It will be appreciated that embodiments of the present invention hereinbefore described with reference to FIG. 5 are essentially master/slave system in which system unit 20 is always the master. The same initialisation sequence is always followed when a new mode of operation is required, thereby simplifying programming of system unit 20. It will be appreciated that the above initialisation sequence permits automatic configuration of the display system independently of whether any operating system or graphic drivers are loaded into system unit 20.

Returning again to FIG. 2, each of channels I, R, G, B and TC of interface 50 may be formed from any of twisted pair cable, coaxial cable, plastic optical fibre, or glass optical fibre. However, the former three are generally only suitable for use over relatively short distances (eg: less than 10 m). Beyond such distances, signal degradation tends to adversely affect performance of the display system. In some embodiments of the present invention, each of video channels R, G, and B may be implemented in interface 50 by a separate path (eg: wire or fibre). However, in other embodiments of the present invention, a single path may be employed by all of video channels R, G and B with each channel occupying a different portion of the bandwidth of the transmission media and transducers forming the path.

In the embodiments of the present invention hereinbefore described, the speed of transfer of video data via interface 50 may be 15 times greater than the pixel clock speed. In some embodiments of the present invention, the transmission media employed in video channels R, G, and B may differ from that employed in timing channel TC, for example, video channels R, G and B may be implemented by optical fibre and timing channel TC may be implemented by coax. A problem with such arrangements is that the different transmission media have different propagation velocities. The difference in propagation velocity leads to a phase error at display device 10. There is maximum permissible phase error beyond which the original digital video data cannot be recovered by display device 10. The maximum phase error is divided by the relative frequencies of the digital video data and the timing data. Thus, by way of example, for digital video pixel data transmitted with 8 bits of colour information and 1 parity bit, the maximum phase error is reduced from 90 degrees to 10 degrees. It will be appreciated therefore, that in a preferred embodiment of the present invention, the same transmission medium is employed for lo transport of both video and timing data in the interests of preventing skewing between the two. In a particularly preferred embodiment of the present invention, the video and timing data are transmitted over a single optical fibre.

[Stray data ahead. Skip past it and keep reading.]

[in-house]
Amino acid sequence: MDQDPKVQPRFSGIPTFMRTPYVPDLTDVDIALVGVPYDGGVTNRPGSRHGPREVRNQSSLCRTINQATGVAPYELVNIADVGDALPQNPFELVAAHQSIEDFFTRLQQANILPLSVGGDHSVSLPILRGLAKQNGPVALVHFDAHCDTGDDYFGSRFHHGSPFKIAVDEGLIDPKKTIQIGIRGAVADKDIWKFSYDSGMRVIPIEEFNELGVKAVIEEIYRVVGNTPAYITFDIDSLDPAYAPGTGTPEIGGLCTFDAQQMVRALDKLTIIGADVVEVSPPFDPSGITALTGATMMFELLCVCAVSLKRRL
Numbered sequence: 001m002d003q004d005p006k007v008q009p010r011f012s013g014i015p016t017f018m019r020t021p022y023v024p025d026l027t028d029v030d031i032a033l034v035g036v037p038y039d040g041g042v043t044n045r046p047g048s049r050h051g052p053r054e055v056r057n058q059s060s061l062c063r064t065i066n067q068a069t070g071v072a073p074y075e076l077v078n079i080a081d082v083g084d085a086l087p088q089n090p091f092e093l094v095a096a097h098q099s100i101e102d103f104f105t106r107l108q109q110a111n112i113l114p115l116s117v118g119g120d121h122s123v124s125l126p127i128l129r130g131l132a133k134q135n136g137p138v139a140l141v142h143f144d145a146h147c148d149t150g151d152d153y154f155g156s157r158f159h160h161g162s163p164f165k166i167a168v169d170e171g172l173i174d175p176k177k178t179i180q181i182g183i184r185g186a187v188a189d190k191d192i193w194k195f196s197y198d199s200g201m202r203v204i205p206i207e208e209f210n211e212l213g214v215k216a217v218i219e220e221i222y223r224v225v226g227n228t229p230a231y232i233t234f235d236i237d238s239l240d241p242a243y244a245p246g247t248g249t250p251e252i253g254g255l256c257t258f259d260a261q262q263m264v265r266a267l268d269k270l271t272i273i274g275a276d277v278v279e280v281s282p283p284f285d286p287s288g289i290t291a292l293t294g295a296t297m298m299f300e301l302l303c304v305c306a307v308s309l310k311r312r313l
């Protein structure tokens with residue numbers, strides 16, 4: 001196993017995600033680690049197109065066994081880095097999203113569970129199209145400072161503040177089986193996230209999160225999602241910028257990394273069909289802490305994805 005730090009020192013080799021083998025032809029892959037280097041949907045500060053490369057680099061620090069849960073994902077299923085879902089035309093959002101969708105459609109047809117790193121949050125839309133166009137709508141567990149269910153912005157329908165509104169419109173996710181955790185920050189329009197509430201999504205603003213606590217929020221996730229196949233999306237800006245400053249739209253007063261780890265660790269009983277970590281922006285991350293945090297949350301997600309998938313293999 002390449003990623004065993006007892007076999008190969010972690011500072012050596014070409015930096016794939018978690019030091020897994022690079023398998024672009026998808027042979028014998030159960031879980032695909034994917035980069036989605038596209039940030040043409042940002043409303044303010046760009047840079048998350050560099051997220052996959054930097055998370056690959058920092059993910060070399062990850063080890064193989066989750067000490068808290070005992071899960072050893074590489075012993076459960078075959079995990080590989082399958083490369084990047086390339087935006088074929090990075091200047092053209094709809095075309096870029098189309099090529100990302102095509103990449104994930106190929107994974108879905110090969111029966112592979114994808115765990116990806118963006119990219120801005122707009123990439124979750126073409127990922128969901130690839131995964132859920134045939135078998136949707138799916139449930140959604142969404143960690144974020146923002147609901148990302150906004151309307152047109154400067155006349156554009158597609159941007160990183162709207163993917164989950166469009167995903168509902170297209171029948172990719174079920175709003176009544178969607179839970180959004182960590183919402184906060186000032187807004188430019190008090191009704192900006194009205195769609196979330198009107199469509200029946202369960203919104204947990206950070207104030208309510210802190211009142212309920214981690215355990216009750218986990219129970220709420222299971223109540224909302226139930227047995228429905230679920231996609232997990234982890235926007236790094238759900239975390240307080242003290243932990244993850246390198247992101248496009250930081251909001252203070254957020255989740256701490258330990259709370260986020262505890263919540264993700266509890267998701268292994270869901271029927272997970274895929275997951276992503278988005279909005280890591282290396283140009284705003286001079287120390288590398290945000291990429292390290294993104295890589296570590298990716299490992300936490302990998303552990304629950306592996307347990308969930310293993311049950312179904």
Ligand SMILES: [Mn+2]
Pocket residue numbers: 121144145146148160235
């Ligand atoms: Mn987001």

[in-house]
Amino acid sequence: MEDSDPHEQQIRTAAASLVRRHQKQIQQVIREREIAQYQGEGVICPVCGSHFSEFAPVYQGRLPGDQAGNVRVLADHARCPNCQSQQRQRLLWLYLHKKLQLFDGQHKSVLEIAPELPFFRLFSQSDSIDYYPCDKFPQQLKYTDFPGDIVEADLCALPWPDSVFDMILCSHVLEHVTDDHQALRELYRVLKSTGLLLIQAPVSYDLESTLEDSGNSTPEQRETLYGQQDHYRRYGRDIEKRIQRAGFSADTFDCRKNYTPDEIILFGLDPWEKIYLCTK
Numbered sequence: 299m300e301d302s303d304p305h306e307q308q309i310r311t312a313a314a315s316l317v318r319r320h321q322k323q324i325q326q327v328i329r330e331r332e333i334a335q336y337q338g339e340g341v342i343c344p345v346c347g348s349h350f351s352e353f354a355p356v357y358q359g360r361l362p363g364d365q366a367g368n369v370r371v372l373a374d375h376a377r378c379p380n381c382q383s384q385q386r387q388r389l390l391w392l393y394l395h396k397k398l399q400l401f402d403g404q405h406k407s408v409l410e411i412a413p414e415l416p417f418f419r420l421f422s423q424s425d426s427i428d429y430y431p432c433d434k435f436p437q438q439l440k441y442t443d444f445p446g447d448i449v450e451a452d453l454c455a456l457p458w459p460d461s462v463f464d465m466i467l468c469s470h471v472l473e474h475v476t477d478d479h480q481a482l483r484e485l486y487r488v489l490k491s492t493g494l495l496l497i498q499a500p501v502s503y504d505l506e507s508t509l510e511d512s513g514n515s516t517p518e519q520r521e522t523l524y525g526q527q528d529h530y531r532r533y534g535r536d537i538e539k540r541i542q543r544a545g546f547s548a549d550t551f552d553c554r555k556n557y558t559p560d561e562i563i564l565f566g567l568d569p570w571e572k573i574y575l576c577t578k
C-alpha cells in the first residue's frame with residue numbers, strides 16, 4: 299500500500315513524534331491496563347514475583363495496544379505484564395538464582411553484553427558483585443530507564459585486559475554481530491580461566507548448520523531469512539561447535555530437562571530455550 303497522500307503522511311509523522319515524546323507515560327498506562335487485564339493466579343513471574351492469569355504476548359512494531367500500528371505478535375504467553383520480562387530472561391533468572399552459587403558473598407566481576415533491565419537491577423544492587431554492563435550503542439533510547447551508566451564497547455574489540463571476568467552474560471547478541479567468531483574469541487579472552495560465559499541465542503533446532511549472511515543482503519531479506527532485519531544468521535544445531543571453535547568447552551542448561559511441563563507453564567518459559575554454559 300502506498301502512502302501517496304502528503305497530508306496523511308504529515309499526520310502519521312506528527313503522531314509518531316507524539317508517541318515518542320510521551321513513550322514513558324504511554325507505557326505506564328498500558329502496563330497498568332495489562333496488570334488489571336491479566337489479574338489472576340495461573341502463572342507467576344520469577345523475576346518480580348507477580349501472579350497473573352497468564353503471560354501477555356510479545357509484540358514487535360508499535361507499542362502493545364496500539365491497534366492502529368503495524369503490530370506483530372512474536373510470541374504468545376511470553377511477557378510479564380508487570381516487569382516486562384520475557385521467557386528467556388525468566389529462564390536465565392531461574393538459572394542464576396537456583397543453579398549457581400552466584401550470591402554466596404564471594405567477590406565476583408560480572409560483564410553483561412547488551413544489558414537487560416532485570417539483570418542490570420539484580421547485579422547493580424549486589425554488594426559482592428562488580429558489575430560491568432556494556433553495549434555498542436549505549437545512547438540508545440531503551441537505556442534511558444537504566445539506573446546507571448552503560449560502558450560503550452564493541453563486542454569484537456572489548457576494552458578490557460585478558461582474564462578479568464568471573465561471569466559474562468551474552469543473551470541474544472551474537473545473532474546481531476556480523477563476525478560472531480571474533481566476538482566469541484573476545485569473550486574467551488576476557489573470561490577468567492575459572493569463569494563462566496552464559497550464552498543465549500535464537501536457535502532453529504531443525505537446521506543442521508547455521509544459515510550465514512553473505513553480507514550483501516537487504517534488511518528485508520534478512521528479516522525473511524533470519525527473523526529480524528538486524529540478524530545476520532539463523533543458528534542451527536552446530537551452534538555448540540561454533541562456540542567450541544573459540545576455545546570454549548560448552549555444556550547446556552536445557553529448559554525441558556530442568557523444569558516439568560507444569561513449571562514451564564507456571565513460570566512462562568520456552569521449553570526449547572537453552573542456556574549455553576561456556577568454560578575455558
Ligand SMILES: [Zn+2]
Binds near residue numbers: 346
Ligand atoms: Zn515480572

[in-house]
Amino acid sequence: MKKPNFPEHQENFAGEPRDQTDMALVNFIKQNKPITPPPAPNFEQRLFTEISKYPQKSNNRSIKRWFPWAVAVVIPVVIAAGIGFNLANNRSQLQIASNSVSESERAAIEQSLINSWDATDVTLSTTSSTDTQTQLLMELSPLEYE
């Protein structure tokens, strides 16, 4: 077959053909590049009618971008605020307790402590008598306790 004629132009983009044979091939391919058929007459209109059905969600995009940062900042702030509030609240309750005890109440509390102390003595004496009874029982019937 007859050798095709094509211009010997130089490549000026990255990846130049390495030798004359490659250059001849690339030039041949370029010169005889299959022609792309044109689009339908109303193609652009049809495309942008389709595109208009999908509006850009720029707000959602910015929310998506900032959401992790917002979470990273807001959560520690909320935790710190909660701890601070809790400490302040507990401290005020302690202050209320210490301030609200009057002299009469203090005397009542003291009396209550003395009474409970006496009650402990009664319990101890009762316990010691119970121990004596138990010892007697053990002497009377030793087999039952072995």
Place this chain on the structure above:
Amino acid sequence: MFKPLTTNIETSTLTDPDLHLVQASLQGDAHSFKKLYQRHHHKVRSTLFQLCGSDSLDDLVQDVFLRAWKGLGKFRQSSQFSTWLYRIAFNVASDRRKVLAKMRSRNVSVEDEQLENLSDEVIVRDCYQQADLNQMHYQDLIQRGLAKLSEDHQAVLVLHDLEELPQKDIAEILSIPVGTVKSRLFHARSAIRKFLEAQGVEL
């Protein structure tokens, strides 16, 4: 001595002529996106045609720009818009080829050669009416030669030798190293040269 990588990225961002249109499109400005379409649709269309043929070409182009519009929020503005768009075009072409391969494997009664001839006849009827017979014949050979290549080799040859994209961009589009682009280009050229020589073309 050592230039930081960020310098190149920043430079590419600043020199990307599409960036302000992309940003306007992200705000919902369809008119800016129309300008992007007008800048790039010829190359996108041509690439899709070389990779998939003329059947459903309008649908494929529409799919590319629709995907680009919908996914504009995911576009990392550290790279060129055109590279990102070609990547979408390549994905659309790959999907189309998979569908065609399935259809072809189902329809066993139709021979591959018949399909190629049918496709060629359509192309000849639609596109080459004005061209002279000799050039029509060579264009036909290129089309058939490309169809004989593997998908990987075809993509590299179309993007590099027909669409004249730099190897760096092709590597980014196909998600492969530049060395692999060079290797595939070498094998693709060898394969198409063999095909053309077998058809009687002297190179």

Referring back to FIG. 3, as mentioned hereinbefore, in some applications, palette 200 may vary the logical width of the N bit word to provide a different number of bits per pixel as required. Cross point switch 210 permits reorganisation of signal routing between palette 200 and registers 260-262 to accommodate different numbers of bits per pixel and, in particular, to ensure colour data is routed to the appropriate registers 260-262. It will be appreciated that such re-organisation may involve presentation of data corresponding to more than 1 pixel to registers 260-262 simultaneously. Cross-point 210 also permits re-ordering of pixel data to swap the order in which data is sent to display device 10 from, for example, least significant bit first to most significant bit first, or vice versa. Furthermore, cross-point 210 permits routing of colour data to only one or two video channels instead of all three channels to allow for example communications over a single path, or to maintain communications in the event of failure of one or more channels. It will be appreciated that, in some embodiments of the present invention, cross-point switch 210 may be omitted.

Examples of the present invention have been hereinbefore described with reference to a colour digital display device. It will however be appreciated that the present invention is equally applicable to display systems including monochrome digital display devices.

In the embodiments of the present invention, hereinbefore described, the data stored in the video memory is converted by palette 200 into a colour data set for each pixel of the image to be displayed on display device 10. However, it will be appreciated that other embodiments may be operable in a direct colour mode in which colour data stored in the video memory is transferred directly to the N bit output of palette 200.

Claims (14)

What is claimed is:
1. Data processing apparatus for generating serial video bit stream in the form of pulsed pixel data words, comprising:
a pixel clock generator for generating a pixel clock signal;
palette logic for generating a pixel data word on each pulse of the pixel clock signal;
shift clock generator logic for multiplying the pixel clock signal by the number of bits in the pixel data word to produce a shift clock signal; and
serialiser logic for outputting the pixel data word in a serial bit stream at the shift clock signal rate.
2. The data processing apparatus as defined in claim 1, further comprising control logic connected to the shift clock generator logic for reading the number of bits in the pixel data word from an external source.
3. The data processing apparatus as defined in claim 1, comprising cross-point switch logic for transferring the pixel data word generated by the palette logic to the serialiser logic.
4. The data processing apparatus as defined in claim 1, comprising error logic for generating an error code corresponding to the pixel data word and for adding the error code to the serial bit stream.